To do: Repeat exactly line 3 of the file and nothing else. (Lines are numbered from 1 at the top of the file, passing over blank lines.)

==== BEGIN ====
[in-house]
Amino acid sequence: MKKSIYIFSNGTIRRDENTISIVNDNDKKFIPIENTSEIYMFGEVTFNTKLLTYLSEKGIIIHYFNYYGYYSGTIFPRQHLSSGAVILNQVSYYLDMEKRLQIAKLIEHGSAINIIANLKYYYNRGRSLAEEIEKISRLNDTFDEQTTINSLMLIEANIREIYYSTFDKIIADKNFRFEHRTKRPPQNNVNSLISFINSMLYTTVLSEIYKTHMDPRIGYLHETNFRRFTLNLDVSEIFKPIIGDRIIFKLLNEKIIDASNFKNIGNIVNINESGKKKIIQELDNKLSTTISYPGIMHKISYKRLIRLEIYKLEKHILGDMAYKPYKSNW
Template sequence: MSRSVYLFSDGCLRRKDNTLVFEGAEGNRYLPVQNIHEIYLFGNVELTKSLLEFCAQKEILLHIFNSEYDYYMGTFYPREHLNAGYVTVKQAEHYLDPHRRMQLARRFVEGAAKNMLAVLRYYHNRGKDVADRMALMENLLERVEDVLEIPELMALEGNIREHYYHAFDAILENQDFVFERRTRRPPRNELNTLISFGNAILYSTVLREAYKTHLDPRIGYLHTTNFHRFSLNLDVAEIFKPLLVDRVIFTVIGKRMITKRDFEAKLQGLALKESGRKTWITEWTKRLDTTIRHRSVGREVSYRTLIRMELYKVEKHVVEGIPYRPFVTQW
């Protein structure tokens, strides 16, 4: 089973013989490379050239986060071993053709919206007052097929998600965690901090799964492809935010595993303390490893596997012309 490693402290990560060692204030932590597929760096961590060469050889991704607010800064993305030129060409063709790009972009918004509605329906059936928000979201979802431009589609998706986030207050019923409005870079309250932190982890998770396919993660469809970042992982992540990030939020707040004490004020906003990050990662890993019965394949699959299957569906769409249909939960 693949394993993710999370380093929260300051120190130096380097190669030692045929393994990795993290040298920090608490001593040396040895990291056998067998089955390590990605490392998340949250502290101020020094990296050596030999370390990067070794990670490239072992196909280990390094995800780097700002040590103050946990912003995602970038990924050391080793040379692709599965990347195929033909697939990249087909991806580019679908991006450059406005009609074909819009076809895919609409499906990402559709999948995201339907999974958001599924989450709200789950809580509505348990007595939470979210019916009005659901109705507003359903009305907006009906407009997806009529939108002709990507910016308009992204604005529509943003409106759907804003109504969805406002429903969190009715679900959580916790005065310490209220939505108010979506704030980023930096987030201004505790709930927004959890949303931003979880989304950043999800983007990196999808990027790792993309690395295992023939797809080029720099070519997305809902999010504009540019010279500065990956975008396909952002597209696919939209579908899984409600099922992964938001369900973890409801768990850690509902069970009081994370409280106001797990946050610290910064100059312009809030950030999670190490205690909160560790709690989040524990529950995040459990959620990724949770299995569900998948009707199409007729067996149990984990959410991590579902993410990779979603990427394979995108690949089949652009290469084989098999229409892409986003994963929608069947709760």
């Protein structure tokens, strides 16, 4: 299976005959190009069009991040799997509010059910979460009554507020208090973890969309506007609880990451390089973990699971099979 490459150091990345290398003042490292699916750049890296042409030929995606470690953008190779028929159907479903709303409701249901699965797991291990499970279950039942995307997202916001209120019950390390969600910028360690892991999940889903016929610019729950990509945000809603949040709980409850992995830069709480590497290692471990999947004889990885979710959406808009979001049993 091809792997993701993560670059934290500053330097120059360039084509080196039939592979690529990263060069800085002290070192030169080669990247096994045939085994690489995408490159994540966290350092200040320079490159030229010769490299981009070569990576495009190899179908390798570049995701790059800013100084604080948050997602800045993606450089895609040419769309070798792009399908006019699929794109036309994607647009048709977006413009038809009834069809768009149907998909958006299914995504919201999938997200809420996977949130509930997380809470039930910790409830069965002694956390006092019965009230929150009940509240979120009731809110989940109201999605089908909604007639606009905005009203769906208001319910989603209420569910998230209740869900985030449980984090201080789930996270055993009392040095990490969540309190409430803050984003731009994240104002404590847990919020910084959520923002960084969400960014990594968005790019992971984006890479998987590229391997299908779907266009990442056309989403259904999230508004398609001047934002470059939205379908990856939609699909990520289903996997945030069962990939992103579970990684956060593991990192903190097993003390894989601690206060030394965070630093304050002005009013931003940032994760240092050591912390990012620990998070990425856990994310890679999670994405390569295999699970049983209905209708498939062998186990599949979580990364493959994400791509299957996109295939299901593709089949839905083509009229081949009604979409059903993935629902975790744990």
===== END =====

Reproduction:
Template sequence: MSRSVYLFSDGCLRRKDNTLVFEGAEGNRYLPVQNIHEIYLFGNVELTKSLLEFCAQKEILLHIFNSEYDYYMGTFYPREHLNAGYVTVKQAEHYLDPHRRMQLARRFVEGAAKNMLAVLRYYHNRGKDVADRMALMENLLERVEDVLEIPELMALEGNIREHYYHAFDAILENQDFVFERRTRRPPRNELNTLISFGNAILYSTVLREAYKTHLDPRIGYLHTTNFHRFSLNLDVAEIFKPLLVDRVIFTVIGKRMITKRDFEAKLQGLALKESGRKTWITEWTKRLDTTIRHRSVGREVSYRTLIRMELYKVEKHVVEGIPYRPFVTQW